A case for army downsizing in Hawaii
Why the Chamber of Commerce of Hawaii and our Congressional delegates have it wrong.
As the discussion continues over whether the U.S. military will downsize its Hawaii-based personnel, Hawaii’s Congressional delegation maintains that defense is a critical economic sector for Hawaii. In a recent article from Washington, D.C.-based outlet The Hill, members of the delegation talk about their strategy for regaining the defense and national security influence the Hawaii delegation once enjoyed under the leadership of Senator Daniel Inouye.
Senator Brian Schatz was recently awarded a spot on the powerful Senate Appropriations Committee, once chaired by Inouye, while Senator Mazie Hirono was named the ranking member on the Senate Armed Service Committee’s Seapower subpanel last week. In the House, U.S. Reps. Tulsi Gabbard and Mark Takai, have both been named to the “influential” Armed Services Committee and both are Iraq War veterans.
The Hill reports that Sen. Schatz said the members of the delegation are pleased with the opportunities they have to shape Pentagon policy, including the “pivot” in U.S. military forces toward the Pacific.
Rep. Takai, meanwhile, is reported to have said, “I think it’s very strategic to have all of our members focused on what matters most to the state of Hawaii and one of the things that matter is, definitely, defense.”
I recognize that the delegation feels compelled to try to keep a strong military presence in Hawaii. But I hope they fail in that effort.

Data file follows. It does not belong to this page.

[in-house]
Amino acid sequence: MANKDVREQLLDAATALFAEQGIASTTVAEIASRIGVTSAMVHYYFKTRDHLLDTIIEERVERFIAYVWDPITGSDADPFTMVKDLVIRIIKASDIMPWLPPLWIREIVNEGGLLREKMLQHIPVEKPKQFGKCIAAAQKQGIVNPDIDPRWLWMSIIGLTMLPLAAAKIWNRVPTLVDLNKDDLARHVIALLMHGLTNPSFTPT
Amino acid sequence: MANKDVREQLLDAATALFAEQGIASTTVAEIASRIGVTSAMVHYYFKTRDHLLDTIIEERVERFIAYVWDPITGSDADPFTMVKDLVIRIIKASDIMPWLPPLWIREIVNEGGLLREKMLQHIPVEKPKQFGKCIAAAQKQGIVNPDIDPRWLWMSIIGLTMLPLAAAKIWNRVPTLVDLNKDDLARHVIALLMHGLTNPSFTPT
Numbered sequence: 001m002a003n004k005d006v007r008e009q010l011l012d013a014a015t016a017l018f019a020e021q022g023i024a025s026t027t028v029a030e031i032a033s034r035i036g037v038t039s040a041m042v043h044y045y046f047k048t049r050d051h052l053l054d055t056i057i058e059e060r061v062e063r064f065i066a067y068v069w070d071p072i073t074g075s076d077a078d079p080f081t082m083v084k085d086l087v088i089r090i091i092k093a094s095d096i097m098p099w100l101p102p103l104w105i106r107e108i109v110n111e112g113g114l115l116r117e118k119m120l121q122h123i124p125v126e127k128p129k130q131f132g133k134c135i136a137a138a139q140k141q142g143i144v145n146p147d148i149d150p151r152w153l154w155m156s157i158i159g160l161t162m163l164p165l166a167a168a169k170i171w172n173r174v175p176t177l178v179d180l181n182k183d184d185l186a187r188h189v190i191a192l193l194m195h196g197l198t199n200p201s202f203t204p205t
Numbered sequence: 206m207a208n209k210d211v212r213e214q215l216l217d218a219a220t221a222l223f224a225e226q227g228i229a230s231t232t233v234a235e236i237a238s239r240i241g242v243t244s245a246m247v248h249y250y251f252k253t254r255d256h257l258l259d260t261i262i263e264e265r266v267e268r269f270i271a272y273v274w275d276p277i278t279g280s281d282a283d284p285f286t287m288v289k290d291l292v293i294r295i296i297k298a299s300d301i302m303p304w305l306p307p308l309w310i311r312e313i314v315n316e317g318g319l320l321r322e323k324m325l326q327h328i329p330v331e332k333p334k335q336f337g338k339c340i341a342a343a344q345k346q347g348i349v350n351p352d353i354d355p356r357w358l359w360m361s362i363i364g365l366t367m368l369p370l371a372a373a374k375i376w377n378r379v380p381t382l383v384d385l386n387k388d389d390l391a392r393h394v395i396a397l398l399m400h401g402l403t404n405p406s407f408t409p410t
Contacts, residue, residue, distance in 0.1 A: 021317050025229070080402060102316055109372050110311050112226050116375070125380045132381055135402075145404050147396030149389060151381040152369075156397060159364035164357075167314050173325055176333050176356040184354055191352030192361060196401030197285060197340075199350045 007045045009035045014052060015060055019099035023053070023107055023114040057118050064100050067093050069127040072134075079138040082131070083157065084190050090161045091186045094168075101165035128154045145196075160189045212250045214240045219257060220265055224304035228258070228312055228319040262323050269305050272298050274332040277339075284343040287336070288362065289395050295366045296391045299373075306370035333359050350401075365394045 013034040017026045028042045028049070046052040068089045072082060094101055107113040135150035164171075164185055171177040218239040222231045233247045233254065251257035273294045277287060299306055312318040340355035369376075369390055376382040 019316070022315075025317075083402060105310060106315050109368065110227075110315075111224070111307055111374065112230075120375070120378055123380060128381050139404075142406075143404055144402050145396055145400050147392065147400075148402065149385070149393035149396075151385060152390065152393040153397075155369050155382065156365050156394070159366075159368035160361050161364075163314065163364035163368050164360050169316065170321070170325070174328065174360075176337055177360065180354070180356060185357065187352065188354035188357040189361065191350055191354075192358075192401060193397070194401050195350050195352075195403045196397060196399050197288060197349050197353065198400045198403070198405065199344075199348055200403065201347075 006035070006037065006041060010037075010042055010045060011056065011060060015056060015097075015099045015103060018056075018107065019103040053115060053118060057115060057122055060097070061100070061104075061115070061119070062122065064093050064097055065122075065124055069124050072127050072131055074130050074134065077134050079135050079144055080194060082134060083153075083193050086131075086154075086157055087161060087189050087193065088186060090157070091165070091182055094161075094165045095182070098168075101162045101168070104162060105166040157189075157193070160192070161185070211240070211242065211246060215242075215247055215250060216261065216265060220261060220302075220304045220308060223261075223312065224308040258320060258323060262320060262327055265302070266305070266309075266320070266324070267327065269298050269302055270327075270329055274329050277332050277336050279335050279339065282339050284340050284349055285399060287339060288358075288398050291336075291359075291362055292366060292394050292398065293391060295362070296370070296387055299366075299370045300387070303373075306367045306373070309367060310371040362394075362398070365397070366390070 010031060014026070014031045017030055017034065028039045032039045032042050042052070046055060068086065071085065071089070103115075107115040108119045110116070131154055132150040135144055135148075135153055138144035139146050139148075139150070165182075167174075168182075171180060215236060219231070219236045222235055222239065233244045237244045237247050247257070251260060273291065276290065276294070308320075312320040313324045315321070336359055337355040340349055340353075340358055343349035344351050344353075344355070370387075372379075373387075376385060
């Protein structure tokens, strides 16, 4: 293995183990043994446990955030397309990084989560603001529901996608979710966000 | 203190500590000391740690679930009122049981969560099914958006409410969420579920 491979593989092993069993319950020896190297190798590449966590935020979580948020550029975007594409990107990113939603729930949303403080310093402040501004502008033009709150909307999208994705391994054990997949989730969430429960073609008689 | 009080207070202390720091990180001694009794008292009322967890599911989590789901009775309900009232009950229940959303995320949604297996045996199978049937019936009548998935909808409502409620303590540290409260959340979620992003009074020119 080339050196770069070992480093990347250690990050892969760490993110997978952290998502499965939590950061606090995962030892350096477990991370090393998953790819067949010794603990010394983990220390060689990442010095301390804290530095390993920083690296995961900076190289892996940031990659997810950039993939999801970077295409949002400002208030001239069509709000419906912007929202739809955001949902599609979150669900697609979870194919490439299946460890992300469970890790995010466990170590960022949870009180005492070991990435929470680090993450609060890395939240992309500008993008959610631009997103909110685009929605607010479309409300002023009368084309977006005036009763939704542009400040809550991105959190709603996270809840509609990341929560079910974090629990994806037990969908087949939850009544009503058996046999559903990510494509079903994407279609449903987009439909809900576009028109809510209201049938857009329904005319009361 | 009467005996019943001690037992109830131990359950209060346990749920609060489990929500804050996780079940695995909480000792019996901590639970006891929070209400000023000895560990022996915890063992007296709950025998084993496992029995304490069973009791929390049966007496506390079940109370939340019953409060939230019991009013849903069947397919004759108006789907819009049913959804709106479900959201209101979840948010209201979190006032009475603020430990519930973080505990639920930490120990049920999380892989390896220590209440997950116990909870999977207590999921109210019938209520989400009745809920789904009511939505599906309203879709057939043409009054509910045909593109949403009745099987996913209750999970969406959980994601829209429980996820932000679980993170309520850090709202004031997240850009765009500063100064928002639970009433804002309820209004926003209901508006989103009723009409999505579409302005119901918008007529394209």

If we adopt any perspective other than that of the small businesses who directly profit from Hawaii’s substantial military presence, maintaining that presence does not make sense. Accordingly, the U.S. Department of Defense (DOD) is advocating the transfer of 19,800 personnel out of the state.
From a national perspective—even from a national perspective which emphasizes having a strong military—Hawaii is a very costly place to station troops. Compared to other bases on the North American continent, the training possibilities in Hawaii are substantially limited. There was a time when having ships and materiel assembled halfway across the Pacific meant a significant advantage for projecting our military force onto Asia. But today, that advantage has been greatly reduced.
From a State of Hawaii perspective, we can begin with the taxpayer costs associated with the military presence.
According to the Hawaii Department of Education (DOE) website, “The average cost to educate a student in Hawaii is approximately $13,000. The average reimbursement for a federally impacted student is about $2,000, or 15 percent of the total cost. Hawaii taxpayers and the state government fund the remaining $11,000 balance.”
The website goes on to say that, “During the 2013–14 school year, the state accounted for more than 28,000 federally connected students…”
$11,000 multiplied by 28,000 students gives us a current annual cost of $308 million, and that’s after receiving the limited “Federal Impact Aid.” Conversely, if Hawaii taxpayers no longer had to pay $11,000 per military dependent in our schools we would suddenly be looking at a $308 million taxpayer subsidy. That is considerable!
The officially approved point of view, which is pushed by our political and civic leaders, is that the military presence here is good for the economy. Rarely is it pointed out that every economic transaction has its costs and its benefits. And those costs and benefits are not borne evenly across the population.